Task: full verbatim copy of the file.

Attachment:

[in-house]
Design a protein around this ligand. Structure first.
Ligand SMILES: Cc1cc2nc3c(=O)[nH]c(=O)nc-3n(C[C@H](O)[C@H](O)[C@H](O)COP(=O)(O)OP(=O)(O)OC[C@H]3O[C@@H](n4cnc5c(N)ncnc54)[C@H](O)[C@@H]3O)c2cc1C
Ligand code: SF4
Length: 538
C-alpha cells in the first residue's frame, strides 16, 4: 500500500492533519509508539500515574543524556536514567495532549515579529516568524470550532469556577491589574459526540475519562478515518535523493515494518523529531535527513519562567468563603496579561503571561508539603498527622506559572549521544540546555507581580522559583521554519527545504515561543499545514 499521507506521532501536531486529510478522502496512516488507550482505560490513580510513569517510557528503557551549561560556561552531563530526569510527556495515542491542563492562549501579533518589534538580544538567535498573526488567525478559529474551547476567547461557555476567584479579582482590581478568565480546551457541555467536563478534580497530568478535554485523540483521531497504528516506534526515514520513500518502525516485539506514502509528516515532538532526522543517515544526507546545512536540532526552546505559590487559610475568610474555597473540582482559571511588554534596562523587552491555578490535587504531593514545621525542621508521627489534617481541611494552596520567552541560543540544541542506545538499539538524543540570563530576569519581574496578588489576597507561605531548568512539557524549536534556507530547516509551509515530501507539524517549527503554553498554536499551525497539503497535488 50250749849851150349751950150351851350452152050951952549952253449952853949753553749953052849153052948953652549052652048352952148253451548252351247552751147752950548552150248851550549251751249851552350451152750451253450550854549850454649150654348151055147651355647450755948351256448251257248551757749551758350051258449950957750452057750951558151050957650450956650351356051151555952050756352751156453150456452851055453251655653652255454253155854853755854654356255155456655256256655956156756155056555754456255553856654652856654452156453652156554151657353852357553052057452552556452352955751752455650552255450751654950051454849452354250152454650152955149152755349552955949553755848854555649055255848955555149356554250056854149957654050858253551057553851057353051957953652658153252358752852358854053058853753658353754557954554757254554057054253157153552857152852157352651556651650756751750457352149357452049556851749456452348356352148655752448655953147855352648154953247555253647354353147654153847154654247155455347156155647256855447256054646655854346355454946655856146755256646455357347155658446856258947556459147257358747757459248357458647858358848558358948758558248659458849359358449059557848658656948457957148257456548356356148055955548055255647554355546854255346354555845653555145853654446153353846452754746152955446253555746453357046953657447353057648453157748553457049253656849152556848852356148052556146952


[in-house]
Design a protein around this ligand. Structure first.
Ligand SMILES: Cc1cc2nc3c(=O)[nH]c(=O)nc-3n(C[C@H](O)[C@H](O)[C@H](O)COP(=O)(O)OP(=O)(O)OC[C@H]3O[C@@H](n4cnc5c(N)ncnc54)[C@H](O)[C@@H]3O)c2cc1C
Ligand code: SF4
Length: 538
C-alpha cells in the first residue's frame, strides 16, 4: 500500500492533519509508539500515574543524556536514567495532549515579529516568524470550532469556577491589574459526540475519562478515518535523493515494518523529531535527513519562567468563603496579561503571561508539603498527622506559572549521544540546555507581580522559583521554519527545504515561543499545514 499521507506521532501536531486529510478522502496512516488507550482505560490513580510513569517510557528503557551549561560556561552531563530526569510527556495515542491542563492562549501579533518589534538580544538567535498573526488567525478559529474551547476567547461557555476567584479579582482590581478568565480546551457541555467536563478534580497530568478535554485523540483521531497504528516506534526515514520513500518502525516485539506514502509528516515532538532526522543517515544526507546545512536540532526552546505559590487559610475568610474555597473540582482559571511588554534596562523587552491555578490535587504531593514545621525542621508521627489534617481541611494552596520567552541560543540544541542506545538499539538524543540570563530576569519581574496578588489576597507561605531548568512539557524549536534556507530547516509551509515530501507539524517549527503554553498554536499551525497539503497535488 50250749849851150349751950150351851350452152050951952549952253449952853949753553749953052849153052948953652549052652048352952148253451548252351247552751147752950548552150248851550549251751249851552350451152750451253450550854549850454649150654348151055147651355647450755948351256448251257248551757749551758350051258449950957750452057750951558151050957650450956650351356051151555952050756352751156453150456452851055453251655653652255454253155854853755854654356255155456655256256655956156756155056555754456255553856654652856654452156453652156554151657353852357553052057452552556452352955751752455650552255450751654950051454849452354250152454650152955149152755349552955949553755848854555649055255848955555149356554250056854149957654050858253551057553851057353051957953652658153252358752852358854053058853753658353754557954554757254554057054253157153552857152852157352651556651650756751750457352149357452049556851749456452348356352148655752448655953147855352648154953247555253647354353147654153847154654247155455347156155647256855447256054646655854346355454946655856146755256646455357347155658446856258947556459147257358747757459248357458647858358848558358948758558248659458849359358449059557848658656948457957148257456548356356148055955548055255647554355546854255346354555845653555145853654446153353846452754746152955446253555746453357046953657447353057648453157748553457049253656849152556848852356148052556146952